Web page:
"His right - whatever his intentions - to order me to smile does not outweigh my right to feel safe."

    Okay, if he was more observant he should have spotted that you felt unsafe. But how much responsibility should he be expected take over the fact that you feel uneasy about him? I'm reminded of a co-worker who, I eventually discovered, had a phobia of buttons. I had worn buttoned up shirts everyday, and could have easily been making life harder for her without ever knowing it.

    So should I have known about her fears? Or should she have just told me earlier that buttons bothered her? Likewise, did you ever tell this intimidating man "you are making me uncomfortable?" Or did you leave it to him to observe that for himself? I don't want to seem like I'm shifting the responsibility, but declaring someone isn't allowed to make you uncomfortable (and then expecting them to know immediately whenever they make you uncomfortable) is quite a big ask. Can you honestly say for certain that you have never accidently, unknowingly made someone uncomfortable? I think these things have to be taken into perspective a bit more.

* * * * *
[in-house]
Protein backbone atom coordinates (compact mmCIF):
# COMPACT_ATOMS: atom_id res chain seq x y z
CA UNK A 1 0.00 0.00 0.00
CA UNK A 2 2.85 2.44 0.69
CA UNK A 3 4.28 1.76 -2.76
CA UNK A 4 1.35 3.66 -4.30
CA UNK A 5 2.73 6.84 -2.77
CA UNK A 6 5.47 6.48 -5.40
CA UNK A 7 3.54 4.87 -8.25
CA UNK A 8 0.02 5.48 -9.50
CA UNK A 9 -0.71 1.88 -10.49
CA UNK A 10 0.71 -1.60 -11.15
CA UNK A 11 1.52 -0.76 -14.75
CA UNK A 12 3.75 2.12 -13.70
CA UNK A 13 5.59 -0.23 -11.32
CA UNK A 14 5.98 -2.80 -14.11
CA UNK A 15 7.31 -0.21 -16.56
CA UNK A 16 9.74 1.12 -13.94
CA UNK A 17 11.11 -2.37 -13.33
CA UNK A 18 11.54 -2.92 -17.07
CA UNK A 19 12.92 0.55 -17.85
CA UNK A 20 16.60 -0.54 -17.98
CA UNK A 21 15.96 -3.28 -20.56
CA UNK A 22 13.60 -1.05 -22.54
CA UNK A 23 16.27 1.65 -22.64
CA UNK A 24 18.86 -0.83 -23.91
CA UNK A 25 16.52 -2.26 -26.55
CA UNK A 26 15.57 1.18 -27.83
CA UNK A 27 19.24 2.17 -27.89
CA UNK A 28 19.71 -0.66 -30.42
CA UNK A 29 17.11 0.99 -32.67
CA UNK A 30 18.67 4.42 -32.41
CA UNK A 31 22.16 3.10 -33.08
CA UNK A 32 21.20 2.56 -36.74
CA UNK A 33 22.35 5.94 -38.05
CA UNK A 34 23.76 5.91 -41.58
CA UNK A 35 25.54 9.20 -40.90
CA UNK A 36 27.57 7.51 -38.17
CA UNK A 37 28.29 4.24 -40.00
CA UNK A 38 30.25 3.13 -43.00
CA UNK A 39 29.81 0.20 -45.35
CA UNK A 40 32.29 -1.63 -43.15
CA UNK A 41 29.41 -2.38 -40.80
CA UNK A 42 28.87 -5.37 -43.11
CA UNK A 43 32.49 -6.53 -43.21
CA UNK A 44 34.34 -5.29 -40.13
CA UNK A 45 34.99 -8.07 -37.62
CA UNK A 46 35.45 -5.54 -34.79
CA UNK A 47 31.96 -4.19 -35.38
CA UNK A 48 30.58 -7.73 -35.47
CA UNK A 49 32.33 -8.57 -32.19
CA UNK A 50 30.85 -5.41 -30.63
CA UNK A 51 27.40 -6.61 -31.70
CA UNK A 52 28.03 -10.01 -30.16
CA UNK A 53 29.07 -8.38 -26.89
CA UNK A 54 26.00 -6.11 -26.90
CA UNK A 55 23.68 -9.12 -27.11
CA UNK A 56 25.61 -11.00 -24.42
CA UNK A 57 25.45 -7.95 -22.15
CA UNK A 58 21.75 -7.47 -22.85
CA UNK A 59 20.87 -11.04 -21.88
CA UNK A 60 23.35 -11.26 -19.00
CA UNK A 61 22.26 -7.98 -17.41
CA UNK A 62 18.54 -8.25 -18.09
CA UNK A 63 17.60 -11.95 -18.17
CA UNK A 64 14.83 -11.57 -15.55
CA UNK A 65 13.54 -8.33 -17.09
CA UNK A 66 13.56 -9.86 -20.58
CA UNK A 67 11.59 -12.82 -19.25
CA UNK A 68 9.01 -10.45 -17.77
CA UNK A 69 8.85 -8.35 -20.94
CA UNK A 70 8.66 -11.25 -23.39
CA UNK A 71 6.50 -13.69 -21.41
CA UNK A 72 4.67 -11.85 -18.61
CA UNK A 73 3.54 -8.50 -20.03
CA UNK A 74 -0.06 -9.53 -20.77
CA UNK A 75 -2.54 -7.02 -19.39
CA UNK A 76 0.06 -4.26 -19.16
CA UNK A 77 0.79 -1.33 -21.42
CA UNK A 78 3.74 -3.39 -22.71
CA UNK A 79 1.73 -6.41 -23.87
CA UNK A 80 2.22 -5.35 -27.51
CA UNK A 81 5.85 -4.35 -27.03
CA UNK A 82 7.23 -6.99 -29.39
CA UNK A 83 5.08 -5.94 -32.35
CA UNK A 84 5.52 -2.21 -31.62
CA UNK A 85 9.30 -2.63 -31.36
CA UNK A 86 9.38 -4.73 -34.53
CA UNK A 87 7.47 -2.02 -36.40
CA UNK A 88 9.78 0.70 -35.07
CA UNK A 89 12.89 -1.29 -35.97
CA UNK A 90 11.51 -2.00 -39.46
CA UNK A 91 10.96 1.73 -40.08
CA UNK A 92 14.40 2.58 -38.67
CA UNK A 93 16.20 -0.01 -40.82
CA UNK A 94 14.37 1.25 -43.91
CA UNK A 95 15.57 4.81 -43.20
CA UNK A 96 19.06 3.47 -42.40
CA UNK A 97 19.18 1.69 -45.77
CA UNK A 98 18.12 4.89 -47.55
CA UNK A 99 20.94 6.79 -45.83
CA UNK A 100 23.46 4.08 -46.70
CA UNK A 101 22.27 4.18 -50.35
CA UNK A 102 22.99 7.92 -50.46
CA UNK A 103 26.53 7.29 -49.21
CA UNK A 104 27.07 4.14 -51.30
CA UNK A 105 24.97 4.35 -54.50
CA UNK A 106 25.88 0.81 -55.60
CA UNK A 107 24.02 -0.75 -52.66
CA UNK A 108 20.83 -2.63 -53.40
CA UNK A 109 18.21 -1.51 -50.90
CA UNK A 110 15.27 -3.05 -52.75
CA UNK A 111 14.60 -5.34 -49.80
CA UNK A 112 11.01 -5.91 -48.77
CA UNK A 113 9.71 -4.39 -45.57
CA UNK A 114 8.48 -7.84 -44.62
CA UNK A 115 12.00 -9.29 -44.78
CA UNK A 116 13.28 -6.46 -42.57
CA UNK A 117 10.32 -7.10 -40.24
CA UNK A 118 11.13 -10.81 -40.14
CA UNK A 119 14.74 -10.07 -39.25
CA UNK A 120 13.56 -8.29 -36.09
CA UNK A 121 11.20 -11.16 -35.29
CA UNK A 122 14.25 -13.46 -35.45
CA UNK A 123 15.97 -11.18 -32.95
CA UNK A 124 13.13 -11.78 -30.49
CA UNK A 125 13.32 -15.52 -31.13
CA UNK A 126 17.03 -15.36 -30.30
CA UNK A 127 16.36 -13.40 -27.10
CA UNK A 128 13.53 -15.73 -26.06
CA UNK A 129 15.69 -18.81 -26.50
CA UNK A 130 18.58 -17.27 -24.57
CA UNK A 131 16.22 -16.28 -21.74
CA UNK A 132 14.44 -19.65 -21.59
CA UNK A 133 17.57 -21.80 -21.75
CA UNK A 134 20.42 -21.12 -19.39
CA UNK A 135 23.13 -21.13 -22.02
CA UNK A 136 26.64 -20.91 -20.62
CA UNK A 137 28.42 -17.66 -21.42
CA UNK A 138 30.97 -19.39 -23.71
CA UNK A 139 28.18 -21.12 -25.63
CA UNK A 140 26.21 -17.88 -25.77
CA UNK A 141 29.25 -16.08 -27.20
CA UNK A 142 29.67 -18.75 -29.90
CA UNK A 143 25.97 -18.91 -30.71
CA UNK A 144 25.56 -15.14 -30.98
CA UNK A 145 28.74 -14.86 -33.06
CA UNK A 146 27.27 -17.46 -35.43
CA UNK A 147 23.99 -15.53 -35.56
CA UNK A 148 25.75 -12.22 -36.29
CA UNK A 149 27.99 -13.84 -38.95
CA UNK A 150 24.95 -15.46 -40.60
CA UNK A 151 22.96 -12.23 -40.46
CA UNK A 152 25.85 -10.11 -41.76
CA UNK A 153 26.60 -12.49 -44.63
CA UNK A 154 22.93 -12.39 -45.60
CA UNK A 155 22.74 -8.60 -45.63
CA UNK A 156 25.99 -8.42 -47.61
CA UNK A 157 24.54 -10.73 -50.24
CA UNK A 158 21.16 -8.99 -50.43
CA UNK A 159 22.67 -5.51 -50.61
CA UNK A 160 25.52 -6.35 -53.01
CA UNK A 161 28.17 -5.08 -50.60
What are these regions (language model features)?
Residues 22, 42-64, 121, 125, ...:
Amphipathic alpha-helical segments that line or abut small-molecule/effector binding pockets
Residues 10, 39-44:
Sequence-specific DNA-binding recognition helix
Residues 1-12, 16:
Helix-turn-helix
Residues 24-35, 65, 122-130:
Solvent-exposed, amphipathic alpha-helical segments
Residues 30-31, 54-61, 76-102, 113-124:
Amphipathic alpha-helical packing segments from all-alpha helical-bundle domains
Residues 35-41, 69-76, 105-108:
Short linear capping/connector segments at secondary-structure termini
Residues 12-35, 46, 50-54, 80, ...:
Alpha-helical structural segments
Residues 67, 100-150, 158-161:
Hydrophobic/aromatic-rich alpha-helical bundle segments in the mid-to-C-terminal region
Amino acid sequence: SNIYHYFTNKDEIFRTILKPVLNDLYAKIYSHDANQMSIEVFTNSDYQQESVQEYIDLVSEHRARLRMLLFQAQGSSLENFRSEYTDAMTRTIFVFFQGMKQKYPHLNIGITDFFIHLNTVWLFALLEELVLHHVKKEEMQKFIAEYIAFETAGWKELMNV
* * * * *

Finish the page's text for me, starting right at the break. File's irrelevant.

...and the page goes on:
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  7. 2)"If you haven't got first-hand experience of what it feels like to be in someone's shoes, don't tell them how to feel. It is not fair, and it completely disregards their experiences and opinions."

    I think there are two flaws in this otherwise reasonable argument. I'm reminded of an anecdote about two Chinese philosophers who are walking by a stream. The first guy says, "it must be great to be a fish". The second goes, "How can you say that? How do you know what it is like to be a fish?" The first replies, "How can you say that? How do you know I don't know what it is like to be a fish?"

    This is the case here to an extent. Namely, it is being assumed that I cannot know what it is like to be a woman by a person who couldn't possibly know anything about what I actually know. The second philosopher was being just as presumptive as the first. Many a feminist discussion tends to bring up day to day occurrences that involve men just as much as women (people telling you to "cheer up", discovering there is a website that tallies how many times people have wanked over you). I find it a bit galling when I'm flatly told that I can't possibly have had a similar experience. For all anyone knows, I might have. Do I now have to go to lengths to satisfy everyone that I have had similar problems, before anyone can take my argument seriously?